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Collective Bargaining and Innovation

  • John T. Addison

    ()

    (University of South Carolina, Durham University, U.S.A.; IZA Bonn, Germany; The Rimini Centre for Economic Analysis, Italy)

  • Paulino Teixeira

    ()

    (University of Coimbra and GEMF, Portugal; IZA Bonn, Germany)

  • Katalin Evers

    ()

    (Institut für Arbeitsmarkt- und Berufsforschung der Bundesagentur für Arbeit, Germany)

  • Lutz Bellmann

    ()

    (Friedrich-Alexander-Universität Erlangen-Nürnberg, Institut für Arbeitsmarkt- und Berufsforschung der Bundesagentur für Arbeit, IZA Bonn, Germany)

At the level of theory, the effect of collective bargaining on innovation is disputed. The U.S. evidence clearly points to adverse effects, but other-country experience suggests that certain industrial relations systems, or the wider regulatory apparatus, might even tip the balance in favor of unions. Our pooled cross section and difference-in-differences estimates provide weak evidence that German collective bargaining inhibits innovation. However, in conjunction with workplace representation, it might even foster innovative activity.

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Paper provided by The Rimini Centre for Economic Analysis in its series Working Paper Series with number 15-07.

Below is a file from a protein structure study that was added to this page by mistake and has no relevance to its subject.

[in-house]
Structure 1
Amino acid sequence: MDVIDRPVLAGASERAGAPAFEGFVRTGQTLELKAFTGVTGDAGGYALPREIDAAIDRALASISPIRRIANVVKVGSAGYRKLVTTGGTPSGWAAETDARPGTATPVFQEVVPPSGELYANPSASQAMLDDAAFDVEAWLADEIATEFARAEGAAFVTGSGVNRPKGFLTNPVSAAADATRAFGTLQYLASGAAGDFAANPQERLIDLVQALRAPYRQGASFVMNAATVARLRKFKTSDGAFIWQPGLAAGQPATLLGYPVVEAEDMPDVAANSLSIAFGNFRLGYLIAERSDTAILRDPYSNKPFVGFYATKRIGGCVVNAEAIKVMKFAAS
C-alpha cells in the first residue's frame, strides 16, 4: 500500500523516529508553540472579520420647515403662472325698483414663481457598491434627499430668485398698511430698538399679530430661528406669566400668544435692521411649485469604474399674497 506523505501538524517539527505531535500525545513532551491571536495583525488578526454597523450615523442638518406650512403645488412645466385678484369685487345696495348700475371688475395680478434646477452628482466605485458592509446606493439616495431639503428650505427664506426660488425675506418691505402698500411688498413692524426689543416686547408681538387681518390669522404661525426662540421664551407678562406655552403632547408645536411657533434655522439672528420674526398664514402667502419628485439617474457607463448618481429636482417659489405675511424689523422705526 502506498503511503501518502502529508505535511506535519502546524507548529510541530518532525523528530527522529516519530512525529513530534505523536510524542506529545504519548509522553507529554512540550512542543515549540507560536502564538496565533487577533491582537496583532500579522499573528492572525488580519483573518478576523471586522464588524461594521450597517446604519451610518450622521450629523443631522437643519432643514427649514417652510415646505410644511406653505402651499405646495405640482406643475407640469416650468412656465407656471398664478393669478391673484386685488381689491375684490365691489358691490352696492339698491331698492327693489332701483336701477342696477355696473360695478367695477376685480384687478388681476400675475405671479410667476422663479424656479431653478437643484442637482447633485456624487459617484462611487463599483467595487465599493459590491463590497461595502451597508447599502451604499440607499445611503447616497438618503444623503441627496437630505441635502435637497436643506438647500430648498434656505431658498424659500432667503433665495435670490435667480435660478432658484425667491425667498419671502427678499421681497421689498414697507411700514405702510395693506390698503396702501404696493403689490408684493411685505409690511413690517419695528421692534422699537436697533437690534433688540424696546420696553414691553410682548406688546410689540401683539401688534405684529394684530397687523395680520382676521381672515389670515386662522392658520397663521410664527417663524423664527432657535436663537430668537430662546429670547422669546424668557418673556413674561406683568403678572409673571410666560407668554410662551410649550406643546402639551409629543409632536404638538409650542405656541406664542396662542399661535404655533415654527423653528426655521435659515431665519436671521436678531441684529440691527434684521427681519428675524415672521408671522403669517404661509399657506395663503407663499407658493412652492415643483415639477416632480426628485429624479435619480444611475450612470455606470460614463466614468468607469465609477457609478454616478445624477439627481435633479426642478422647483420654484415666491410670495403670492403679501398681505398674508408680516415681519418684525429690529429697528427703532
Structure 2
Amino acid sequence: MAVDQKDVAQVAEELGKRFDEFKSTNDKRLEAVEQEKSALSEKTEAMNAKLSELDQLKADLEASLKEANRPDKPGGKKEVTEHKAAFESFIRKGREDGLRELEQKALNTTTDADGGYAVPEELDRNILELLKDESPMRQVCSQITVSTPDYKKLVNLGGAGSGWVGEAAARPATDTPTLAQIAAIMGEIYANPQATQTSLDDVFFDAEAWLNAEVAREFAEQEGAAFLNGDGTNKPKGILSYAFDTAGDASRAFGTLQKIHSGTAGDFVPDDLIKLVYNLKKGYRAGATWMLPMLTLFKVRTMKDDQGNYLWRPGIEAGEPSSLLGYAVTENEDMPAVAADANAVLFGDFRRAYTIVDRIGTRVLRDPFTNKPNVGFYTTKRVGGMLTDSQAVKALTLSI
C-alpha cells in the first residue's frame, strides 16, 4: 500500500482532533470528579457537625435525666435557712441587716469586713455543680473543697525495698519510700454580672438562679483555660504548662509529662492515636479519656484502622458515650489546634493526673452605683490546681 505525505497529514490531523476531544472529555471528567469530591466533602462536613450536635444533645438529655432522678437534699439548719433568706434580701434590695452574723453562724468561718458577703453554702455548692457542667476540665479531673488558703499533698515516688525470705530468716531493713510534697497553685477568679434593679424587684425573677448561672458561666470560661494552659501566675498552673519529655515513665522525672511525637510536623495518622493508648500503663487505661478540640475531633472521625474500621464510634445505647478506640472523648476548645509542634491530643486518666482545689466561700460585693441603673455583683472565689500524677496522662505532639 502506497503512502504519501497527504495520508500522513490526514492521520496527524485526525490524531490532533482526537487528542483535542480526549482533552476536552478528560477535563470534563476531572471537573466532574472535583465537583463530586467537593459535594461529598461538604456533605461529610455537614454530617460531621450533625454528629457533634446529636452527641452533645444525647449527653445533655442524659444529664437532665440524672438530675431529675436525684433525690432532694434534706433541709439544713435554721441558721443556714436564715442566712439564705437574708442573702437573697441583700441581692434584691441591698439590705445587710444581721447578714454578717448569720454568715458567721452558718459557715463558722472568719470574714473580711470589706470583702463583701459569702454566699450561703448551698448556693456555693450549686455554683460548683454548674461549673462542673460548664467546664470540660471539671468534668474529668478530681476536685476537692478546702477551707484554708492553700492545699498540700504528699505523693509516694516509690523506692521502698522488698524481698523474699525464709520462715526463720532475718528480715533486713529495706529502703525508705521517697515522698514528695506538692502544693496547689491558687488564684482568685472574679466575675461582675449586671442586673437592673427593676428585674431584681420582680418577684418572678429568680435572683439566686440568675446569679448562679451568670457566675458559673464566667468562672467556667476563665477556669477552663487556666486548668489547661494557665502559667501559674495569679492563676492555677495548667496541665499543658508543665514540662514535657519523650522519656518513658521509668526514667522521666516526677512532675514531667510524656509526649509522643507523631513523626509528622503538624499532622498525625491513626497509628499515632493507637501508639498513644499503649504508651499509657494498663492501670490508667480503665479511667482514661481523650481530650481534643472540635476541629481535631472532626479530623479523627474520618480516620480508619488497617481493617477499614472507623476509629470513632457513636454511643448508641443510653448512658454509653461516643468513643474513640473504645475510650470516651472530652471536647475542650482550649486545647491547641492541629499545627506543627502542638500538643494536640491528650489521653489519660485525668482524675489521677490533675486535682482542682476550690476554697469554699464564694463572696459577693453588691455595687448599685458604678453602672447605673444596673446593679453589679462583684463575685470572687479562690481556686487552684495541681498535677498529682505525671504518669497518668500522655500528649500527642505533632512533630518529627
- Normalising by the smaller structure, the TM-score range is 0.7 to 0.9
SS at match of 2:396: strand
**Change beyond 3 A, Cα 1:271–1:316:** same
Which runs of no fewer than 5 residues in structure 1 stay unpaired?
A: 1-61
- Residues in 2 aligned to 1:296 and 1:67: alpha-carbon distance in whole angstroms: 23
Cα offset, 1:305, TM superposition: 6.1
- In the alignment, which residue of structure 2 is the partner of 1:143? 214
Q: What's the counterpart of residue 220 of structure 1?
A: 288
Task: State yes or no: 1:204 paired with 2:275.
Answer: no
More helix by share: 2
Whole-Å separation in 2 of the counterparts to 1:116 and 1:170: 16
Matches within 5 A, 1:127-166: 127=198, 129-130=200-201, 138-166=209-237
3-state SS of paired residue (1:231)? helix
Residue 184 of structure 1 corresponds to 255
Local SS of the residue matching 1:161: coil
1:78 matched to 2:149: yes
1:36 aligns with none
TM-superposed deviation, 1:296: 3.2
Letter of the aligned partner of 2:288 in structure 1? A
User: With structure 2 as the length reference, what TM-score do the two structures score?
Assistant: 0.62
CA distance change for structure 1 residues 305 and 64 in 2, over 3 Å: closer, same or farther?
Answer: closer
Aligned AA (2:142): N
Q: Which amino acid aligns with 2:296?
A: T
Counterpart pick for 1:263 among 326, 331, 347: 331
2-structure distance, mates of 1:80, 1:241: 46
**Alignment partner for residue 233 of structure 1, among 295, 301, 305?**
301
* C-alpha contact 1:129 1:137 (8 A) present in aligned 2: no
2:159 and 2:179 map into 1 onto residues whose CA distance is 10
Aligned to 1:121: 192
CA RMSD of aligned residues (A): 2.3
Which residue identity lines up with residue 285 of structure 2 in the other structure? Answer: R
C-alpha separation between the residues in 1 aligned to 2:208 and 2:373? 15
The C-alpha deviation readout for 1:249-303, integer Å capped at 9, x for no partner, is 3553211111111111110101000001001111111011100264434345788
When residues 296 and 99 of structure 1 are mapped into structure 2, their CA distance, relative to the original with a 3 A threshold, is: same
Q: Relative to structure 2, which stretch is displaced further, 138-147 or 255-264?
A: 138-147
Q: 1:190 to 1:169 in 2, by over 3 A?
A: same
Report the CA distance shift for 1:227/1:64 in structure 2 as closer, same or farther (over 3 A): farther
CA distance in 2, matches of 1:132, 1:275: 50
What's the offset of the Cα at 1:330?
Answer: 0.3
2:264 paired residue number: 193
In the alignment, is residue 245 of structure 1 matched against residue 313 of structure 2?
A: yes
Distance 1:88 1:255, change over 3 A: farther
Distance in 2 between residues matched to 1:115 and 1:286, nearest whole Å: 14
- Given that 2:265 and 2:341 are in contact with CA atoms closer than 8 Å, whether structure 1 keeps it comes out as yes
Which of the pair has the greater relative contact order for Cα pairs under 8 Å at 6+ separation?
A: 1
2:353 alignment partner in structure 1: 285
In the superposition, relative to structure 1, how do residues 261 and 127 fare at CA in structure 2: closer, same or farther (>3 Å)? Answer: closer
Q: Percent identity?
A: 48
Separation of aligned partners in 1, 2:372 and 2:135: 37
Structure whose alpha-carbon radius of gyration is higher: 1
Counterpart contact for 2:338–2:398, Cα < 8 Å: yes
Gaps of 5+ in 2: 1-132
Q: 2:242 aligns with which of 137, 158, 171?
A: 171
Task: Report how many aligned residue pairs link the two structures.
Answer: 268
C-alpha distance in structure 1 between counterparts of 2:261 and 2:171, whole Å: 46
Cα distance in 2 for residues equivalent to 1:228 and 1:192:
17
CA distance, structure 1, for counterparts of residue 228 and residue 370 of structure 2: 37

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Date of creation: Feb 2015
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Handle: RePEc:rim:rimwps:15-07
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  1. Gary S. Becker, 1974. "Crime and Punishment: An Economic Approach," NBER Chapters, in: Essays in the Economics of Crime and Punishment, pages 1-54 National Bureau of Economic Research, Inc.
  2. Eric D. Gould & Bruce A. Weinberg & David B. Mustard, 2002. "Crime Rates And Local Labor Market Opportunities In The United States: 1979-1997," The Review of Economics and Statistics, MIT Press, vol. 84(1), pages 45-61, February.
  3. James J. Heckman & Lance Lochner & Christopher Taber, 1998. "Explaining Rising Wage Inequality: Explorations with a Dynamic General Equilibrium Model of Labor Earnings with Heterogeneous Agents," NBER Working Papers 6384, National Bureau of Economic Research, Inc.
  4. Lance Lochner, 2004. "Education, Work, And Crime: A Human Capital Approach," International Economic Review, Department of Economics, University of Pennsylvania and Osaka University Institute of Social and Economic Research Association, vol. 45(3), pages 811-843, 08.
  5. Marco Cozzi, 2005. "Black-White Labour Market Conditions and Property Crime in the US: A Quantitative Analysis," Computing in Economics and Finance 2005 339, Society for Computational Economics.
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